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Changes needed to make biking to school safer

Changes need to be made to make biking to work or school safer

March 18, 2014

Many office workers and children do not feel safe biking to work or school and changes need to be made, a University of Canterbury (UC) cycling advocate says.

Professor Simon Kingham says compared to 25 years ago more people are getting a ride to work or school because they are concerned about the safety of biking on busy city streets.

Professor Kingham was commenting on the Green Party’s proposal to spend $200 million to make it safe for children to walk or cycle to school.

``If people feel unsafe, then it is unsafe. We know statistically cycling is not as bad as people perceive it to be. But perception is reality. If they feel unsafe, then it is.

``Secondary school children generally go further and walking is not an option. But cycling becomes the option then. Most primary school children do not have far to go and, historically, parents would have let them walk. Nowadays, they don’t. Parents don’t think it is safe enough.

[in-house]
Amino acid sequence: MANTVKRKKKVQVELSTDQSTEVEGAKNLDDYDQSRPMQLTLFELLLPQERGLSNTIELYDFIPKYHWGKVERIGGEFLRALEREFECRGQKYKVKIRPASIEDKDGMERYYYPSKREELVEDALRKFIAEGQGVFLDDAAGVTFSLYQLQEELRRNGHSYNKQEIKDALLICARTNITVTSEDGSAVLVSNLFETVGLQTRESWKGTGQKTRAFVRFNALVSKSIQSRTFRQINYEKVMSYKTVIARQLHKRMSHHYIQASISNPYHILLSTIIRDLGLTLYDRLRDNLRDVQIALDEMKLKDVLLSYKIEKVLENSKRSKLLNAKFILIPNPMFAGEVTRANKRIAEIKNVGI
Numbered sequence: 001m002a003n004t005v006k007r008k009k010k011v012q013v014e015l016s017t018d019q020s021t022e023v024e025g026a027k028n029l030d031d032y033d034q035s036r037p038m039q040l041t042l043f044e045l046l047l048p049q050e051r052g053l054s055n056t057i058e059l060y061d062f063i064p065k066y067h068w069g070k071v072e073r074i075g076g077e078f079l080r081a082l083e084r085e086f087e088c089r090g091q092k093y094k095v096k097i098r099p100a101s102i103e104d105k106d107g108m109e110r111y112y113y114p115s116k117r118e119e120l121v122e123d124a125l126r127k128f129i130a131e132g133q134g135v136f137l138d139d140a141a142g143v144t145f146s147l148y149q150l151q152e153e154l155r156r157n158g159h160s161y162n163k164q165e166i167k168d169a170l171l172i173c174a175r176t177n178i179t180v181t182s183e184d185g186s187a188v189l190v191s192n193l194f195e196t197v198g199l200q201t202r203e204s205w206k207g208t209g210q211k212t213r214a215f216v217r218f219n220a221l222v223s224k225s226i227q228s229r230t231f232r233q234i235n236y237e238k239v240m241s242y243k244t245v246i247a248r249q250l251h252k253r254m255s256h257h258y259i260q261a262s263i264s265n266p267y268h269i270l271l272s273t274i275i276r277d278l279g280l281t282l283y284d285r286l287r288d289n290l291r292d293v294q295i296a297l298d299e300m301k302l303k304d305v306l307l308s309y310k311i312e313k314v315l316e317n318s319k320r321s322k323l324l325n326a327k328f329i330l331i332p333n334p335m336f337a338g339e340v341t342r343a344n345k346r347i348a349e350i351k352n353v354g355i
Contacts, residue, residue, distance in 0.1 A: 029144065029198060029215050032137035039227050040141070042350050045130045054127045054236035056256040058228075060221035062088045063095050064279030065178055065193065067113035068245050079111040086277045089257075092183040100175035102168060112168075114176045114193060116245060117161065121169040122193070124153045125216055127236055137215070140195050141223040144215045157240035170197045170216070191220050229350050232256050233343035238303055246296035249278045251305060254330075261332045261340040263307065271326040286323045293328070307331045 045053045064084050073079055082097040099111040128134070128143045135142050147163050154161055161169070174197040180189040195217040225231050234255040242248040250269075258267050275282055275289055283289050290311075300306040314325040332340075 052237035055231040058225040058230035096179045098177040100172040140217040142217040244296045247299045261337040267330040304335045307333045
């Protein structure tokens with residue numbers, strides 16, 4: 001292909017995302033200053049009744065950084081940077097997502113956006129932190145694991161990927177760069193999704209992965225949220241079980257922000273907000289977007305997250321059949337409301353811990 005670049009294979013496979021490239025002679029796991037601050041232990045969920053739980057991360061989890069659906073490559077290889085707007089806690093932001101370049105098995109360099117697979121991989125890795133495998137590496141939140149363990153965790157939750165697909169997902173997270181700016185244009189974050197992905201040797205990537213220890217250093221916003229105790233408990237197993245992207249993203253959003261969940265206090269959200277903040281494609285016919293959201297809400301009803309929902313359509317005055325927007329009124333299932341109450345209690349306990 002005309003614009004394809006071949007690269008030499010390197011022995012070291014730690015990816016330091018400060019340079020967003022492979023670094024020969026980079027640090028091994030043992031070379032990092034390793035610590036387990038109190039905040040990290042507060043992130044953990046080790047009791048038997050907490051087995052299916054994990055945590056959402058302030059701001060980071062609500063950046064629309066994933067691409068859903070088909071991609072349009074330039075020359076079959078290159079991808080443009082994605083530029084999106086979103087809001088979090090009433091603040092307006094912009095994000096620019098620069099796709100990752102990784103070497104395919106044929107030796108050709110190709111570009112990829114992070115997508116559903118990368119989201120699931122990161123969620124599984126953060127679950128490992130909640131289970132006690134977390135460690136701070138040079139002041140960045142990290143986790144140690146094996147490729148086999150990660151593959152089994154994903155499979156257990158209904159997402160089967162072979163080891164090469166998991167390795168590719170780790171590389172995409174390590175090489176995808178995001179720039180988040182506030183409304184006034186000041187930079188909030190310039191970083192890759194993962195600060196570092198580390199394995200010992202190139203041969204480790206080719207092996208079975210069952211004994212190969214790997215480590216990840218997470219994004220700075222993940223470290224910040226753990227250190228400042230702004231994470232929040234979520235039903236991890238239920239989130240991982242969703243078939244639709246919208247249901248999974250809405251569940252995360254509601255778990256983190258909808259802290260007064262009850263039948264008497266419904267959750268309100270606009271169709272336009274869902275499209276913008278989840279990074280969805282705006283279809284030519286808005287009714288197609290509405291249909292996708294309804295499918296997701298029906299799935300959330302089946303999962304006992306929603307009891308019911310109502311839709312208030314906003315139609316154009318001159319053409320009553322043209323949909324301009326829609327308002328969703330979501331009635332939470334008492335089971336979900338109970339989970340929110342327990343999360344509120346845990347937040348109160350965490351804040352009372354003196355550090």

``All it needs is one junction or one point across the road that seems unsafe then parents will take their car. But it is really healthy for children to cycle to school.

``It’s also important to consider how older students feel about cycling and how their mates see it. A lot of students are preferring to walk than cycle. The whole issue of the helmet comes into it as well.
Kids want to get to school looking cool.

``Stranger danger is also an issue. We know it is more dangerous than it was 30 years ago but safety is the key issue for children biking to school.

``If parents have to drive their children to school, why don’t we have a drop-off point 500 metres from school, rather than have congestion around the school gate,’’ Professor Kingham says.


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